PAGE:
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Issue 151 Spring 2024

Endocrinologist > Spring 2024 > Opinion



Lucilla Poston looks at what has been achieved, and what remains to be done, in our quest to address the most pressing issues in obstetrics.

When I was appointed in 1995 to the position of Professor, and shortly afterwards, as Head of the Department of Women’s Health, it was my brief to develop a research team to interrogate the most pressing, unanswered questions in clinical obstetrics.

Located in a clinical department serving a large inner-city multi-ethnic population, these were all too obvious: low birthweight, pre-eclampsia and hypertensive disease, and premature birth. As time went on, and as the pandemic of obesity took hold, gestational diabetes became a major issue, as did the recognition of maternal mental health problems. Ever present were the inequalities in pregnancy outcome, especially amongst ethnic subgroups and socioeconomically deprived populations.

As a scientist (physiologist) by training, I was, and remain, committed to understanding the mechanisms of pregnancy complications through scientific discovery. However, most improvements in antenatal care over the last 30 years have arisen from the introduction of better antenatal surveillance, and timely intervention.


Technological advances, especially imaging modalities, have played a major role (e.g. early detection of fetal anomalies, a prematurely shortened cervix and abnormal fetal growth). Biotechnological advances have been remarkable in improving diagnosis, including early embryo preimplantation genetic diagnosis, the emergence of maternal blood cell-free fetal DNA analysis for diagnosis of chromosomal abnormalities,1 and the development of the placenta growth factor test in detection and management of pre-eclampsia.2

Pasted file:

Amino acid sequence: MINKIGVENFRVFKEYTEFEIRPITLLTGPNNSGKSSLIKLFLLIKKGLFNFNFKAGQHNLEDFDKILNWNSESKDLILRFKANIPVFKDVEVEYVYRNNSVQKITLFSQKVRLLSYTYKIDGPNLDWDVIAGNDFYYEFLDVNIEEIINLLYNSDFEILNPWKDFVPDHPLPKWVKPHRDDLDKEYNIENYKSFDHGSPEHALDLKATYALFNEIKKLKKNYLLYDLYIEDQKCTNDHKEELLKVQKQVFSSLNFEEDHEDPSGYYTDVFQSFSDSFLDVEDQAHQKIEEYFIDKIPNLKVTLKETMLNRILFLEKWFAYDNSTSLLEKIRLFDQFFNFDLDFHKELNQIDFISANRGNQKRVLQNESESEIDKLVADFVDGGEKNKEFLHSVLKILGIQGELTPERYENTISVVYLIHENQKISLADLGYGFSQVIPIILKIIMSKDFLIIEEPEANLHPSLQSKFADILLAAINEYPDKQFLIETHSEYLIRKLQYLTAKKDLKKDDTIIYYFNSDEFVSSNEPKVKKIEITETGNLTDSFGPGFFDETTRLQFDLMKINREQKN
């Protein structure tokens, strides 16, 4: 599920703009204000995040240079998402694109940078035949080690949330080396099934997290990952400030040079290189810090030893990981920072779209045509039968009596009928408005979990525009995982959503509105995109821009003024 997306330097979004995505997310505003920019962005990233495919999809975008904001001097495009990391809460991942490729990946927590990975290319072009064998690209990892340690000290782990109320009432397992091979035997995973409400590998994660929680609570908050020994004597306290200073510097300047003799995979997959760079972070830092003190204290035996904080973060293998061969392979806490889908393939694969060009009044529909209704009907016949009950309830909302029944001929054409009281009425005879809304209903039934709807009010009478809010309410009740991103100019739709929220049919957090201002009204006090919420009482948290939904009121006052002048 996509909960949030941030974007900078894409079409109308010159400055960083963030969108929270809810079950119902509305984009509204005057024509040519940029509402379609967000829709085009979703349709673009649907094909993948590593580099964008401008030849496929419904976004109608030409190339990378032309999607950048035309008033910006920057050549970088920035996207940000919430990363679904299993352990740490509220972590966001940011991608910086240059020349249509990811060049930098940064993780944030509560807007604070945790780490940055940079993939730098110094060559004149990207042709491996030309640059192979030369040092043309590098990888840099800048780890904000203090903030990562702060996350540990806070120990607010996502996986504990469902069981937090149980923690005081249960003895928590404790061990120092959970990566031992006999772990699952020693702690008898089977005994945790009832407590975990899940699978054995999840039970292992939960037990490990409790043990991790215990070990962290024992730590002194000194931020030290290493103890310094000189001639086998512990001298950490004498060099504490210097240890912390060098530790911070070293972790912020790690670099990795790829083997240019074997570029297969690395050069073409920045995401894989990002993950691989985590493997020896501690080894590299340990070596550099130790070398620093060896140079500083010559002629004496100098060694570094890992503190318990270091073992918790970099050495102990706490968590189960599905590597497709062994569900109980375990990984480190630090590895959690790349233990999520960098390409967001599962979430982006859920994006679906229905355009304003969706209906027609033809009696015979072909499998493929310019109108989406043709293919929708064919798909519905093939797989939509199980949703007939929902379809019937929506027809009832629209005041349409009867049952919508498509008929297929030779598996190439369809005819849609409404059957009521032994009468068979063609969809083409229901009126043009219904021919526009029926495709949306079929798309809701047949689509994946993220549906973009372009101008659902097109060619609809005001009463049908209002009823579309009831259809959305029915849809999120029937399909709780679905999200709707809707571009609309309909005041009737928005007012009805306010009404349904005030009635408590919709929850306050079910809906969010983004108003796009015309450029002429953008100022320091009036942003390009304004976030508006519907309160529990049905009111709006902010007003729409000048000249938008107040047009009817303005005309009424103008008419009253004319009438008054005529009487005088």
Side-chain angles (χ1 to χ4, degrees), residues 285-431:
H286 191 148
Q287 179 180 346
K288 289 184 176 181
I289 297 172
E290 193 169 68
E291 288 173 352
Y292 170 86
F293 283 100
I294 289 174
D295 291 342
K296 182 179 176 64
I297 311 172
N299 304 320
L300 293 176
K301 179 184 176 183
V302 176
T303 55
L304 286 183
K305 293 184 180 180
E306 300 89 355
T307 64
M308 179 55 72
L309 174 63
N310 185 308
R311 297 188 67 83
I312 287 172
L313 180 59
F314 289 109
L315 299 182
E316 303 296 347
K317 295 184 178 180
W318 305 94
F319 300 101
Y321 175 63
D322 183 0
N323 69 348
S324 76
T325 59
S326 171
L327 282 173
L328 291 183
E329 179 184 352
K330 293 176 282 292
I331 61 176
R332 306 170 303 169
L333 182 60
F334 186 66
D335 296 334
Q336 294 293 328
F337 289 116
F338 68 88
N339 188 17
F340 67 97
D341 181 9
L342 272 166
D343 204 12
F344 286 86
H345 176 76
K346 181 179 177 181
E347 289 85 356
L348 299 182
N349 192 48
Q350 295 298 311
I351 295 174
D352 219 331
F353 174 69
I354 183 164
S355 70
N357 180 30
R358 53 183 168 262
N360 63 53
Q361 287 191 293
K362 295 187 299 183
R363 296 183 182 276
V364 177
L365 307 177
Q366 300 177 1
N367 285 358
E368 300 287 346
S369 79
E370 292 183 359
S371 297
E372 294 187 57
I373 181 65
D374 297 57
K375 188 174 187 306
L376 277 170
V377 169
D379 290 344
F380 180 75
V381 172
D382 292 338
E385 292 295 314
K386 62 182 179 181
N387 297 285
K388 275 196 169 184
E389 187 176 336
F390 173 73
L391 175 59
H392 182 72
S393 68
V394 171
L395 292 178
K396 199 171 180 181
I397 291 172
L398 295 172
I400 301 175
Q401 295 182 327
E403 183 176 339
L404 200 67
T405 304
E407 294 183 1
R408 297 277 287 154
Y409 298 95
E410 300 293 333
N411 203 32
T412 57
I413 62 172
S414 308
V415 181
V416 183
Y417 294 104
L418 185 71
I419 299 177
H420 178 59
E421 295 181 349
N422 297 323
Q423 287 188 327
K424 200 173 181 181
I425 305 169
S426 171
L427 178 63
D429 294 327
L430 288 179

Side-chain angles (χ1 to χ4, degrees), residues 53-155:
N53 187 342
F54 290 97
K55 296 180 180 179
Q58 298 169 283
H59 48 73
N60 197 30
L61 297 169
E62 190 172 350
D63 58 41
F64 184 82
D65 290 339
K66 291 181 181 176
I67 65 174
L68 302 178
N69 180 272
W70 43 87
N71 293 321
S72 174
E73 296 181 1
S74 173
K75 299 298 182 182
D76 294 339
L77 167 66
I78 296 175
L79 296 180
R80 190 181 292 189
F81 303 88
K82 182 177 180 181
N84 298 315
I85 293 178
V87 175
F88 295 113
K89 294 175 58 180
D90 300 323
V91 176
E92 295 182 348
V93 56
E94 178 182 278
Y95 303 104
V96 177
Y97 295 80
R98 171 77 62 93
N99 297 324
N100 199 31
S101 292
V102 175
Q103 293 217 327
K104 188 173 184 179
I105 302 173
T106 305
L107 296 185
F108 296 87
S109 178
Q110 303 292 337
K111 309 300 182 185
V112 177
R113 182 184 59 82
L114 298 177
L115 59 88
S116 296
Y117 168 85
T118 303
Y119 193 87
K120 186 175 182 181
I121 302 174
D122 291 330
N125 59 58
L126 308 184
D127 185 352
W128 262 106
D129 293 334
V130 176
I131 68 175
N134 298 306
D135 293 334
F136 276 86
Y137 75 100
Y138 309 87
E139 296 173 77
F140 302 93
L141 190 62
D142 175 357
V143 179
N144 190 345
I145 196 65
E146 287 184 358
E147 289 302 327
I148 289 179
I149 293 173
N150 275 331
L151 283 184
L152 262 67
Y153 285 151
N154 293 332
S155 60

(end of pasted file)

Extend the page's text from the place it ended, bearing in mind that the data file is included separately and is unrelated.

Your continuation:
Continuous and/or home-based digital monitoring of physiological variables, such as blood pressure and glucose, are increasingly adopted and will transform care. Some have already proved their worth, including hybrid ‘closed-loop’ insulin therapy for type 1 diabetes control in pregnancy.3

These, together with new evidenced-based management pathways for antenatal care and delivery, are increasingly improving safety and clinical outcomes.

Public health campaigns have also contributed, especially in the UK, in achieving a reduction in smoking and in adolescent pregnancies, both associated with poor outcomes.


There is a limit, however, to how strategies to improve antenatal care management will further reduce risks to the health of the mother or fetus, without a fundamental shift in knowledge of the root causes. Clinical trials in obstetrics will grind to a halt without new discoveries translating to novel treatments; this is already becoming evident.

So, do we understand more about the root causes of the common complications of pregnancy? We do, but these have mostly yet to be translated into practice. There have been no major advances in the prevention or reversal of spontaneous premature labour or of fetal growth restriction. Low dose aspirin has been proven to reduce the risk of pre-eclampsia,4 especially of early onset, but we have little else to offer, as the root causes remain enigmatic. Maternal death rates in the UK are highest amongst black women, a clear mark of failure to address the social and biological causes of inequalities in pregnancy outcomes.

Cartoon of a women at developing stages of pregnancy and post-natally holding an infant

Credit: Shutterstock


Recent major advancements in cell biology, omics and other high throughput technologies nonetheless give great cause for optimism. Single cell RNA sequencing and proteomics, even in cells in situ, can pin-point responsible genes and proteins. The relative affordability and high throughput of genomic and metabolomic technologies adds these to the armoury of methodological advances.